Although some fruits and vegetables really have to be cooked to be edible (potato and rhubarb spring to mind instantly), there are many that will lose most of their nutrients if you overcook them.

We had a joke in naturopathic school about the 'old' Australian style of boiling vegetables until they were mushy and colourless: You could cook your veg this way, but you would benefit most if you then threw out the vegetables and drank the water they were boiled in – as that was where all the nutrients went to.

Vegetables do sometimes need to be cooked. Many contain phytic or oxalic acid, naturally occurring plant chemicals which deter insect pests. This phytic or oxalic acid will get in the way of mineral absorption, and also prevent us from absorbing the minerals in the plant. So by lightly cooking foods like silverbeet we're actually helping our digestion.

Because its hard to tell which vegetables have high levels of oxalic or phytic acid and which don't, the trick is to only lightly cook your veg, so that the phytic/oxalic acid is destroyed but the cooking hasn't continued long enough for nutrients to escape. A general rule of thumb for non-root vegetables like beans, carrot, broccoli and cauliflower is 90 seconds cooking, either steaming or stir frying. Obviously some vegetables need longer cooking to make them palatable – like brussels sprout, potato and pumpkin.

Fresh fruit actually tastes better when its raw, and its so easy to prepare. By choosing to eat your fruit raw you're including more vitamin C and other antioxidants in your diet. 

On a day-to-day basis, here is how you can increase the proportion of raw fruits and vegetables in your diet:

- leave the cans of fruit and vegetables on the supermarket shelf. Head for the fresh food department instead. Ideally, choose organic for better flavour and nutrition.
- avoid dried fruit – its really high in sugar
- when buying yoghourt, buy the natural variety and add your own fresh fruit.
- Make sure you enjoy 2-4 pieces of raw fruit every day.
- Choose a salad for lunch – either as a meal on its own, or as part of a salad sandwich.
- Use chopped fresh carrot and celery sticks for dips rather than crackers.
- Lightly steam or stir fry your dinner vegetables for only about 90 seconds so they're cooked but still crisp.

Naturopaths often refer to the 'life force' in raw fruits and vegetables, as these foods contain the optimum levels of vitamins and minerals. After a few weeks of choosing raw rather than cooked food, you'll find that your wellbeing starts to improve naturally.

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How Can I Eat All That? Easy Ways To Get The Fibre You Need

Monday, November 17, 2008
Talk about ‘enough’ fibre in your diet, and many people imagine struggling through mounds of chaff-like grains, and unappetising quantities of beans and vegetables. In reality its easy to maintain a good intake of fibre, and enjoy the benefits. 

The presence of fibre in food enhances your well being in many ways. It helps form soft, bulky stools, which are easier for the intestines to move along and pass out of the body without strain. By slowing down bowel transit time, nutrients like vitamins and minerals have a better chance of being absorbed into the bloodstream.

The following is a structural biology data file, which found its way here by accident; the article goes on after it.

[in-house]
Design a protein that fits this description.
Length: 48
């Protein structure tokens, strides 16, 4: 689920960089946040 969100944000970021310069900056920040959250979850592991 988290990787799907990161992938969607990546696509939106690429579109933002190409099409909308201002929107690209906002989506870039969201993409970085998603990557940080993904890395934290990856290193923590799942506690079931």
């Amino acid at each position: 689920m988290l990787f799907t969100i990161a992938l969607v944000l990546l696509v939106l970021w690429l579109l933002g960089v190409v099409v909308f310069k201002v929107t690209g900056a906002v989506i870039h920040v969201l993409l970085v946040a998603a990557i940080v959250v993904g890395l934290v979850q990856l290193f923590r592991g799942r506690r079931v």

The bulkiness of foods that are naturally high in fibre makes them more satisfying, so you don’t have to eat so much to feel full. You’re less likely to snack on high fat, sugary foods if you’re feeling quite satisfied from your last meal.

There’s basically two different kinds of fibre in food; ‘insoluble’ and ‘soluble’. Insoluble fibre passes through the gut mostly unchanged, just absorbing water as it travels along. Humans don’t possess the digestive enzymes to be able to break these tough fibres down, so its main role is to create bulk.

Soluble fibre forms a soft gel-like substance during digestion. This variety of fibre has the ability to slow down the absorption of cholesterol and glucose, so is of particular interest to people interested in managing their cholesterol and blood sugar levels.

You need 25-35g of fibre in your diet every day. The best sources are whole grains such as oats, legumes and fruit.  To check, look at what you ate in the last 24 hours. Did you choose whole grains or white, processed grains? Did you eat at least two pieces of fresh fruit? Your bowels will show you too – a person with adequate fibre intake has large, bulky stools, and daily bowel motions.

It might seem easier to just reach for a fibre supplement, but there’s not much in them beyond fibre. By eating whole foods, you get the benefit of the vitamins and minerals in the food as well. 

Any one of these food choices will supply you with 20% of your minimum daily fibre intake: Four vita brits or weetbix; 50g popcorn; 100g canned baked beans; two large apples; 150g carrots; 50g almonds. 

For example, a diet with a high fibre cereal or baked beans for breakfast, some nuts, three pieces of fresh fruit every day, plus a salad will see you well on the way to an adequate fibre intake.

Remember that drinking water is essential – aim for two litres of pure water every day. 

If you want to improve the amount of fibre in your diet, start slowly and increase gradually over a week or so. A ‘bloated’ feeling or pain may indicate an underlying food intolerance. Increased levels of flatulence may indicate too much bad bacteria in your bowel. If increasing your fibre consumption causes discomfort or pain, you should consult with your health professional.